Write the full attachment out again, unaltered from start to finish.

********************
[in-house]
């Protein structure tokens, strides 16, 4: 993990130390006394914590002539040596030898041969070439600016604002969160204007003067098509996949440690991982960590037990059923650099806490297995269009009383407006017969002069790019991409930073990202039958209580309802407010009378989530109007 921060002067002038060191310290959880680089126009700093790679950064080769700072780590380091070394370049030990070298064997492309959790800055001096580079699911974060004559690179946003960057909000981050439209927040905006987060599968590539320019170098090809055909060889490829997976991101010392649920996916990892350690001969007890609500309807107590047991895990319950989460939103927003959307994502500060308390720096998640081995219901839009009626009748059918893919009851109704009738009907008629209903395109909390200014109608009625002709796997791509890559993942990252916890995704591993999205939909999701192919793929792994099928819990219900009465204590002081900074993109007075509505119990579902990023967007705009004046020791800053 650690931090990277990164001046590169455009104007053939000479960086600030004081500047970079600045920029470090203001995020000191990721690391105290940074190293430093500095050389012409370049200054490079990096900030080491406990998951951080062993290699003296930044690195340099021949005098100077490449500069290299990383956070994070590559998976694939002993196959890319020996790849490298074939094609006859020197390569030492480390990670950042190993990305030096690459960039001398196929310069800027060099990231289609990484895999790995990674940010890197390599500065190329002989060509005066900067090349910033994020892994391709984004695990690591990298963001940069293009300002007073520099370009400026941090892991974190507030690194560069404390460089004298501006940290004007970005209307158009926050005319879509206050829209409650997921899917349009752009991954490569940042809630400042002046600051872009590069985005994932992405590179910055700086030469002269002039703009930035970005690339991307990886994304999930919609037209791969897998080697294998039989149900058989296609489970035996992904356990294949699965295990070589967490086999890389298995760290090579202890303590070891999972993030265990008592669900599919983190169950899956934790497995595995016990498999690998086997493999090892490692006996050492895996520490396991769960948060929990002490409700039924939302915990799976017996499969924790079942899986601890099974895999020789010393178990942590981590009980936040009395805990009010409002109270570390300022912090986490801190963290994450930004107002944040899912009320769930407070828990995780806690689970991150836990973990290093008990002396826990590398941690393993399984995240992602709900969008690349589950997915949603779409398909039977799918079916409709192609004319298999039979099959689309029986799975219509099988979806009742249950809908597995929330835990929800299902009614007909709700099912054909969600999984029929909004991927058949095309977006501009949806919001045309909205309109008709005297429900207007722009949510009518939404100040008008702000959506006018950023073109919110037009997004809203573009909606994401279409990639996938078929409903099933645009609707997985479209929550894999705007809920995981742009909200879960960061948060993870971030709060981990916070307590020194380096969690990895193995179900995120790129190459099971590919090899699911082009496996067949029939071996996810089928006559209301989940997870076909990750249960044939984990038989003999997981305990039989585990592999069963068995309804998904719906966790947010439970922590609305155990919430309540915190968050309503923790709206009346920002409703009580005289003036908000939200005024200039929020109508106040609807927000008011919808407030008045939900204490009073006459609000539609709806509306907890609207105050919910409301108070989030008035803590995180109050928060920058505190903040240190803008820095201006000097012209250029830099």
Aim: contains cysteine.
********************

[in-house]
């Protein structure tokens, strides 16, 4: 993990130390006394914590002539040596030898041969070439600016604002969160204007003067098509996949440690991982960590037990059923650099806490297995269009009383407006017969002069790019991409930073990202039958209580309802407010009378989530109007 921060002067002038060191310290959880680089126009700093790679950064080769700072780590380091070394370049030990070298064997492309959790800055001096580079699911974060004559690179946003960057909000981050439209927040905006987060599968590539320019170098090809055909060889490829997976991101010392649920996916990892350690001969007890609500309807107590047991895990319950989460939103927003959307994502500060308390720096998640081995219901839009009626009748059918893919009851109704009738009907008629209903395109909390200014109608009625002709796997791509890559993942990252916890995704591993999205939909999701192919793929792994099928819990219900009465204590002081900074993109007075509505119990579902990023967007705009004046020791800053 650690931090990277990164001046590169455009104007053939000479960086600030004081500047970079600045920029470090203001995020000191990721690391105290940074190293430093500095050389012409370049200054490079990096900030080491406990998951951080062993290699003296930044690195340099021949005098100077490449500069290299990383956070994070590559998976694939002993196959890319020996790849490298074939094609006859020197390569030492480390990670950042190993990305030096690459960039001398196929310069800027060099990231289609990484895999790995990674940010890197390599500065190329002989060509005066900067090349910033994020892994391709984004695990690591990298963001940069293009300002007073520099370009400026941090892991974190507030690194560069404390460089004298501006940290004007970005209307158009926050005319879509206050829209409650997921899917349009752009991954490569940042809630400042002046600051872009590069985005994932992405590179910055700086030469002269002039703009930035970005690339991307990886994304999930919609037209791969897998080697294998039989149900058989296609489970035996992904356990294949699965295990070589967490086999890389298995760290090579202890303590070891999972993030265990008592669900599919983190169950899956934790497995595995016990498999690998086997493999090892490692006996050492895996520490396991769960948060929990002490409700039924939302915990799976017996499969924790079942899986601890099974895999020789010393178990942590981590009980936040009395805990009010409002109270570390300022912090986490801190963290994450930004107002944040899912009320769930407070828990995780806690689970991150836990973990290093008990002396826990590398941690393993399984995240992602709900969008690349589950997915949603779409398909039977799918079916409709192609004319298999039979099959689309029986799975219509099988979806009742249950809908597995929330835990929800299902009614007909709700099912054909969600999984029929909004991927058949095309977006501009949806919001045309909205309109008709005297429900207007722009949510009518939404100040008008702000959506006018950023073109919110037009997004809203573009909606994401279409990639996938078929409903099933645009609707997985479209929550894999705007809920995981742009909200879960960061948060993870971030709060981990916070307590020194380096969690990895193995179900995120790129190459099971590919090899699911082009496996067949029939071996996810089928006559209301989940997870076909990750249960044939984990038989003999997981305990039989585990592999069963068995309804998904719906966790947010439970922590609305155990919430309540915190968050309503923790709206009346920002409703009580005289003036908000939200005024200039929020109508106040609807927000008011919808407030008045939900204490009073006459609000539609709806509306907890609207105050919910409301108070989030008035803590995180109050928060920058505190903040240190803008820095201006000097012209250029830099």
Aim: contains cysteine.